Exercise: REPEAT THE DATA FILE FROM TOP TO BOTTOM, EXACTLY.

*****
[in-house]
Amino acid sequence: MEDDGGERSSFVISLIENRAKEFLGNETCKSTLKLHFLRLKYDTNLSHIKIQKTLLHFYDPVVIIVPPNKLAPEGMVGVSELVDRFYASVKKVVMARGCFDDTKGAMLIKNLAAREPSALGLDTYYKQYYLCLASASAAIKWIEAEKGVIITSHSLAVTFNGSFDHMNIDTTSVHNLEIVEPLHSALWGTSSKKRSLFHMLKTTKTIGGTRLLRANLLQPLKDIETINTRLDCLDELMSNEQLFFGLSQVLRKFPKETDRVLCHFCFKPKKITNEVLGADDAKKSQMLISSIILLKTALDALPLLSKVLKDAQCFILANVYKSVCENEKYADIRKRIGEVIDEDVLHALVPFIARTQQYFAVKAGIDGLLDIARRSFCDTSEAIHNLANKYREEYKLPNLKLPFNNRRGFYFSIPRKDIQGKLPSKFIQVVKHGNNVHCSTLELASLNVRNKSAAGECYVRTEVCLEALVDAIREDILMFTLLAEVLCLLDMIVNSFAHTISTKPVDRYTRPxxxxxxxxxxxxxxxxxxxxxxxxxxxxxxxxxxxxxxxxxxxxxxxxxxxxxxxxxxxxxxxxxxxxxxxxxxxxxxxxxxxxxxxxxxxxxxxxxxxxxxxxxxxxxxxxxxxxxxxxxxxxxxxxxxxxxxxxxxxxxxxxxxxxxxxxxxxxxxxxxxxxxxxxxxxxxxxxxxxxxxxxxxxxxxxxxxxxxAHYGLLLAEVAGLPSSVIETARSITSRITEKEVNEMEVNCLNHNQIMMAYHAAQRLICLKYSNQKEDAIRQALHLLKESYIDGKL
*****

[in-house]
Amino acid sequence: MEDDGGERSSFVISLIENRAKEFLGNETCKSTLKLHFLRLKYDTNLSHIKIQKTLLHFYDPVVIIVPPNKLAPEGMVGVSELVDRFYASVKKVVMARGCFDDTKGAMLIKNLAAREPSALGLDTYYKQYYLCLASASAAIKWIEAEKGVIITSHSLAVTFNGSFDHMNIDTTSVHNLEIVEPLHSALWGTSSKKRSLFHMLKTTKTIGGTRLLRANLLQPLKDIETINTRLDCLDELMSNEQLFFGLSQVLRKFPKETDRVLCHFCFKPKKITNEVLGADDAKKSQMLISSIILLKTALDALPLLSKVLKDAQCFILANVYKSVCENEKYADIRKRIGEVIDEDVLHALVPFIARTQQYFAVKAGIDGLLDIARRSFCDTSEAIHNLANKYREEYKLPNLKLPFNNRRGFYFSIPRKDIQGKLPSKFIQVVKHGNNVHCSTLELASLNVRNKSAAGECYVRTEVCLEALVDAIREDILMFTLLAEVLCLLDMIVNSFAHTISTKPVDRYTRPxxxxxxxxxxxxxxxxxxxxxxxxxxxxxxxxxxxxxxxxxxxxxxxxxxxxxxxxxxxxxxxxxxxxxxxxxxxxxxxxxxxxxxxxxxxxxxxxxxxxxxxxxxxxxxxxxxxxxxxxxxxxxxxxxxxxxxxxxxxxxxxxxxxxxxxxxxxxxxxxxxxxxxxxxxxxxxxxxxxxxxxxxxxxxxxxxxxxxAHYGLLLAEVAGLPSSVIETARSITSRITEKEVNEMEVNCLNHNQIMMAYHAAQRLICLKYSNQKEDAIRQALHLLKESYIDGKL